Ahmadi competed with teammates Shruti Chandna and Shweta Batra, all of whom are anticipated to graduate from UNT in 2021 with master’s degrees in business analytics.

“Two parts of the competition were very challenging: developing a predictive model that would perform well on a noisy and complex dataset, and finding solutions to overcome Humana members' problem of transportation barriers to healthcare access. The second one was more challenging because Humana as a successful business is already trying many different solutions, and we needed to go above and beyond their current solutions,” said Ahmadi.




UNT professors publish COVID-19 research in top journal

Two studies conducted by UNT professors, both analyzing differing effects of COVID-19 on employee well-being, have been accepted into The Journal of Applied Psychology, a Financial Times top-50 publication.

Dr. Hoda Vaziri, assistant professor of management at the G. Brint Ryan College of Business, evaluated data from full-time employed adults to uncover how COVID-19 impacted how employees manage their work and family, and the consequences of such a change. Her research, titled “Changes to the work–family interface during the COVID-19 pandemic: Examining predictors and implications using latent transition analysis,” was co-authored by Wendy Casper of University of Texas Arlington, Julie Wayne of Wake Forest University and Russell Matthews of University of Alabama.

From Vaziri’s findings, she and her team were able to develop “best practices” for organizations to adopt, in order to better serve their employees and increase job satisfaction and work-life balance.

“We found that those who experienced technostress (feeling overwhelmed by new technology), found it particularly difficult to manage their work during the pandemic. On the other hand, those who had a compassionate supervisor during the initial stages of the pandemic were better able to manage their work and family roles. In addition, while we found employees’ experience in managing their work and family was relatively stable, those who were better in managing their work and family before the pandemic were able to avert significant distress during the pandemic. This means that by proactively supporting work-family needs, employers can better position employees to navigate work and family roles effectively before and during disruptive events like COVID-19, which might lead to increased job satisfaction and organizational commitment as well.,” explained Vaziri.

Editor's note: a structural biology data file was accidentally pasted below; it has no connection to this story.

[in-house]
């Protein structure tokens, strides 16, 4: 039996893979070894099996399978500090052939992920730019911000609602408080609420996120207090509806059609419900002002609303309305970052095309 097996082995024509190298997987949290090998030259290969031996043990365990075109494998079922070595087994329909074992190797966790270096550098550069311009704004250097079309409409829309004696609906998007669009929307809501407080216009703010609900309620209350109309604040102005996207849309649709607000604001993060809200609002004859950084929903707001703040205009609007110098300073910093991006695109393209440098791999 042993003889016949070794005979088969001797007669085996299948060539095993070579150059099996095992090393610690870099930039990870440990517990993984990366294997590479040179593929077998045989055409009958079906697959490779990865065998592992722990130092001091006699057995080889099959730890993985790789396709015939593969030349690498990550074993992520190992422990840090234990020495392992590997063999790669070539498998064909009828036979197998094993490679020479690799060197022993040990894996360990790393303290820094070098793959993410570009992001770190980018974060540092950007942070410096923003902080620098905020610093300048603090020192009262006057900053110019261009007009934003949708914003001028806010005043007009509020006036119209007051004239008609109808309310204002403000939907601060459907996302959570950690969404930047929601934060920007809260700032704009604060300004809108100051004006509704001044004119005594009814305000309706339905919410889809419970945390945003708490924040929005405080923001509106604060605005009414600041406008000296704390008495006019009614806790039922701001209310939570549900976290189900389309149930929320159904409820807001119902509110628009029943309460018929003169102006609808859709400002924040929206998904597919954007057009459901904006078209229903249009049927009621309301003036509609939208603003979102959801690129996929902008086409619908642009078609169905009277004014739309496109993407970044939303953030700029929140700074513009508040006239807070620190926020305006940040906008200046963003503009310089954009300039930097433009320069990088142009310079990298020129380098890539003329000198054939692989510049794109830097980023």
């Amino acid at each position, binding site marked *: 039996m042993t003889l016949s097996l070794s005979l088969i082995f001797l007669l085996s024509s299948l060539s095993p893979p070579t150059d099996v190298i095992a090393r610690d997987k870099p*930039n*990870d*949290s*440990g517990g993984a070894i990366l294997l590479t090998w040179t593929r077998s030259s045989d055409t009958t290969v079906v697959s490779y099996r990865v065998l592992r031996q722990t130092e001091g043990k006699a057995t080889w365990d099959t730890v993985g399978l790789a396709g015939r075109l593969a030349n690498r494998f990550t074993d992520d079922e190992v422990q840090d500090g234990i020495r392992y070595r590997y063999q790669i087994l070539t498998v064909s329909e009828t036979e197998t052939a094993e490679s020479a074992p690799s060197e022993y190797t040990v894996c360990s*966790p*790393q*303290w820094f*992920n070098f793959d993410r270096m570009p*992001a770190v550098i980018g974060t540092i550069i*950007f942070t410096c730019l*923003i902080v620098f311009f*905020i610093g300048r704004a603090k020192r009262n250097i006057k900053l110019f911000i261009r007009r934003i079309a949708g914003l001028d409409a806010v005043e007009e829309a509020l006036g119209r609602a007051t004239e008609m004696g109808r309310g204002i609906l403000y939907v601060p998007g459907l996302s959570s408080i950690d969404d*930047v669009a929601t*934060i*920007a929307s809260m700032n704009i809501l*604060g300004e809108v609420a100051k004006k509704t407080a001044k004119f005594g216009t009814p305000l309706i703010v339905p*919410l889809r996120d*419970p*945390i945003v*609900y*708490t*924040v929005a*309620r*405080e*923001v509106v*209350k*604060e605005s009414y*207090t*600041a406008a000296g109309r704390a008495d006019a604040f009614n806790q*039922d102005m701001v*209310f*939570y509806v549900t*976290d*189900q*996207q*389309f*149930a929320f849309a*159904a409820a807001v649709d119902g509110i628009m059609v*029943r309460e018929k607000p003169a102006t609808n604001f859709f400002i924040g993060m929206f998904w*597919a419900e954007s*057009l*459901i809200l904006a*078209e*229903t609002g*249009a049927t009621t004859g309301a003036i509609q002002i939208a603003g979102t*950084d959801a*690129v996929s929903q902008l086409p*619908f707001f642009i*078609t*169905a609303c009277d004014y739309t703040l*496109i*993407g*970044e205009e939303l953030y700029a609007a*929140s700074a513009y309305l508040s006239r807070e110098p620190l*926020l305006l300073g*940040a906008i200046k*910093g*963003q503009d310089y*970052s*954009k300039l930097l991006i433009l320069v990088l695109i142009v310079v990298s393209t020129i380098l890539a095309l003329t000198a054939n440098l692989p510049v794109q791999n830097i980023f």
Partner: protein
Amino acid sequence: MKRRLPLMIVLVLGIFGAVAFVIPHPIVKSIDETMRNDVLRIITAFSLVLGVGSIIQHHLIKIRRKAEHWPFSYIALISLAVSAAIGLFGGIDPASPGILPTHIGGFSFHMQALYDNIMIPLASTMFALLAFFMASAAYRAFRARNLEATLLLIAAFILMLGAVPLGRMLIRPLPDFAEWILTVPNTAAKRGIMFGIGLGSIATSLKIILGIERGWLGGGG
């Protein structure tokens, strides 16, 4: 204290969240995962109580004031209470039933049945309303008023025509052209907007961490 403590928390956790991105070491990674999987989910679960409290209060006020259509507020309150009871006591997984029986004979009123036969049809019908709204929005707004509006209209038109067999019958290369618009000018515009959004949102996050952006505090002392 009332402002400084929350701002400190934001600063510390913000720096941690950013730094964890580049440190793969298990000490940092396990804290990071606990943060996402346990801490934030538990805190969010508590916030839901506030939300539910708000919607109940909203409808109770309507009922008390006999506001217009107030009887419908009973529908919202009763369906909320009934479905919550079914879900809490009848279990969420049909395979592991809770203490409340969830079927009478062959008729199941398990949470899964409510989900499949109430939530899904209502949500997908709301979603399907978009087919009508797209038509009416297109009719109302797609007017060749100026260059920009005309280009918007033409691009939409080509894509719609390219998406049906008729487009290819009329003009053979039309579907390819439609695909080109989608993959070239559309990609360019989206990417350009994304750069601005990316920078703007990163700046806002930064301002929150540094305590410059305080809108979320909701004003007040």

Research conducted by Dr. Danielle Cooper, associate professor in the department of Management, and co-authored with UNT former doctoral student, Kathryn Ostermeier (Bryant University), and Miguel Caldes (University of Texas - Tyler), took a more specific approach to evaluating employee welfare—diving into work meaningfulness and resource depletion in healthcare workers during the pandemic. Her paper, titled, “When helping hurts: COVID-19 critical incident involvement and resource depletion in health care workers," analyzed the level of involvement of healthcare workers and how said involvement affected personal resources, as well as susceptibility to depression.


UNT Day at the Capitol

In 2019, the University of North Texas Alumni Association assembled a group of more than 120 alumni, students and friends of the university to advocate for UNT at the Texas State Capitol. Now we’re asking our alumni to raise their Mean Green voices once again for UNT Day at the Capitol 2021!

We are planning a robust letter-writing campaign that will allow you to promote UNT's priorities and make a tremendous impact on state legislators without ever leaving home.

Here's how it will work: 

  1. Sign up using the link below. Alumni and students are welcome to participate!
  2. You will receive information about training, which you can take online at your leisure.
  3. In early January, alumni will receive a box packed with everything you need to write effective letters to legislators (plus a little UNT gift for helping your alma mater). Students will receive information about how to write their letters, and we’ll mail them for you!
  4. Alums will mail their letters in early February.
  5. Everyone can attend a virtual party we're planning in early February, where we'll celebrate our incredible volunteers!

Ready to sign up? Just click here.

The help we received from alumni and students in 2019 — telling their success stories and touting the power of a UNT education — made an enormous impact on behalf of the University of North Texas. I hope we will hear from you in 2021! If you have questions, you can email for information.



With the end of the year around the corner, we have a lot to reflect on and be thankful for. From successfully navigating a new way to educate, to receiving an outpouring of support from our alumni and friends, we are grateful to have such an innovative and supportive Mean Green family.

As you’re aware, COVID-19 has presented its share of challenges for our university and its students this year. As a result, more than $400,000 has been awarded directly to business students through the McNatt Emergency Fund since September 2019. These awards would not have been possible, and many students would not have been able to continue their educational journey, if it weren’t for our donors.

Despite this generosity, however, our students and programs are still calling on you for help.

Your investment in the G. Brint Ryan College of Business will make a life-changing difference for those in need. From providing technology to a freshman, to eliminating food insecurity for a graduating senior, your gift matters.

Please use the donate button below to make your year-end donation before December 31. Each dollar raised helps boost the confidence and ability for our students to succeed.




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G. Brint Ryan College of Business